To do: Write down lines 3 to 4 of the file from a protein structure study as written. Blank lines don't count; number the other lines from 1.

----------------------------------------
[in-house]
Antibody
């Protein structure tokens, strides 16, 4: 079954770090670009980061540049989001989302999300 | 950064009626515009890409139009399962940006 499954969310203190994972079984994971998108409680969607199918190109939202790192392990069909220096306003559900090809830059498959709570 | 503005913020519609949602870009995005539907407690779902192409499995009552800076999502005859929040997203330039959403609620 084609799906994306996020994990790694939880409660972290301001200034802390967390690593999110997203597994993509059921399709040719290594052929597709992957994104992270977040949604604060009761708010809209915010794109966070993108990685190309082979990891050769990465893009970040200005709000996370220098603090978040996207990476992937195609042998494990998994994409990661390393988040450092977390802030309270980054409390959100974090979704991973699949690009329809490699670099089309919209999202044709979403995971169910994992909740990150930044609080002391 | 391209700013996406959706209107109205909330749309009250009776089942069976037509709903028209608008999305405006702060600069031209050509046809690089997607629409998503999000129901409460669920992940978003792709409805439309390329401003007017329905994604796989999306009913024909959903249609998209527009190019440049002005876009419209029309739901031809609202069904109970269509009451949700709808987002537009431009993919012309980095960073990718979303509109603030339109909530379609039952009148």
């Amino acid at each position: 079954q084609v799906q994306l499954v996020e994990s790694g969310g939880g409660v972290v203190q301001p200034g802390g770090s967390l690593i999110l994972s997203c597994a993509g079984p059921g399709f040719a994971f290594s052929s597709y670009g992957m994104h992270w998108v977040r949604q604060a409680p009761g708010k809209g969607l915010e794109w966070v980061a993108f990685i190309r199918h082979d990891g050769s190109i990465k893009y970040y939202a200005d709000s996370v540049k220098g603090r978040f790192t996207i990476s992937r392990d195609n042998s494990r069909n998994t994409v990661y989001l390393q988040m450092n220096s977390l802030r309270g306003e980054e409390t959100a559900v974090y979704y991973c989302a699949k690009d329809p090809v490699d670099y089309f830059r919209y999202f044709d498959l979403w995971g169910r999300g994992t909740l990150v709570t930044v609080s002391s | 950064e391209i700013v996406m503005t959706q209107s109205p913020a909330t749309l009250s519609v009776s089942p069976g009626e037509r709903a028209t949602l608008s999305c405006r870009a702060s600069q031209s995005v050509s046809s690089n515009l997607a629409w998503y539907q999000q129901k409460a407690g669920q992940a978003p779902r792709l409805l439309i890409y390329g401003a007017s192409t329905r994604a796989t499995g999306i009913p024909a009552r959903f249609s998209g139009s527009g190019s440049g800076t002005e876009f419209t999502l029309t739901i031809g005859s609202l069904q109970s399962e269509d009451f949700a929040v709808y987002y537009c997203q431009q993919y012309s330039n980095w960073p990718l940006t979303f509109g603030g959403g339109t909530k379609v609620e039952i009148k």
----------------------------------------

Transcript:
């Protein structure tokens, strides 16, 4: 079954770090670009980061540049989001989302999300 | 950064009626515009890409139009399962940006 499954969310203190994972079984994971998108409680969607199918190109939202790192392990069909220096306003559900090809830059498959709570 | 503005913020519609949602870009995005539907407690779902192409499995009552800076999502005859929040997203330039959403609620 084609799906994306996020994990790694939880409660972290301001200034802390967390690593999110997203597994993509059921399709040719290594052929597709992957994104992270977040949604604060009761708010809209915010794109966070993108990685190309082979990891050769990465893009970040200005709000996370220098603090978040996207990476992937195609042998494990998994994409990661390393988040450092977390802030309270980054409390959100974090979704991973699949690009329809490699670099089309919209999202044709979403995971169910994992909740990150930044609080002391 | 391209700013996406959706209107109205909330749309009250009776089942069976037509709903028209608008999305405006702060600069031209050509046809690089997607629409998503999000129901409460669920992940978003792709409805439309390329401003007017329905994604796989999306009913024909959903249609998209527009190019440049002005876009419209029309739901031809609202069904109970269509009451949700709808987002537009431009993919012309980095960073990718979303509109603030339109909530379609039952009148």
């Amino acid at each position: 079954q084609v799906q994306l499954v996020e994990s790694g969310g939880g409660v972290v203190q301001p200034g802390g770090s967390l690593i999110l994972s997203c597994a993509g079984p059921g399709f040719a994971f290594s052929s597709y670009g992957m994104h992270w998108v977040r949604q604060a409680p009761g708010k809209g969607l915010e794109w966070v980061a993108f990685i190309r199918h082979d990891g050769s190109i990465k893009y970040y939202a200005d709000s996370v540049k220098g603090r978040f790192t996207i990476s992937r392990d195609n042998s494990r069909n998994t994409v990661y989001l390393q988040m450092n220096s977390l802030r309270g306003e980054e409390t959100a559900v974090y979704y991973c989302a699949k690009d329809p090809v490699d670099y089309f830059r919209y999202f044709d498959l979403w995971g169910r999300g994992t909740l990150v709570t930044v609080s002391s | 950064e391209i700013v996406m503005t959706q209107s109205p913020a909330t749309l009250s519609v009776s089942p069976g009626e037509r709903a028209t949602l608008s999305c405006r870009a702060s600069q031209s995005v050509s046809s690089n515009l997607a629409w998503y539907q999000q129901k409460a407690g669920q992940a978003p779902r792709l409805l439309i890409y390329g401003a007017s192409t329905r994604a796989t499995g999306i009913p024909a009552r959903f249609s998209g139009s527009g190019s440049g800076t002005e876009f419209t999502l029309t739901i031809g005859s609202l069904q109970s399962e269509d009451f949700a929040v709808y987002y537009c997203q431009q993919y012309s330039n980095w960073p990718l940006t979303f509109g603030g959403g339109t909530k379609v609620e039952i009148k």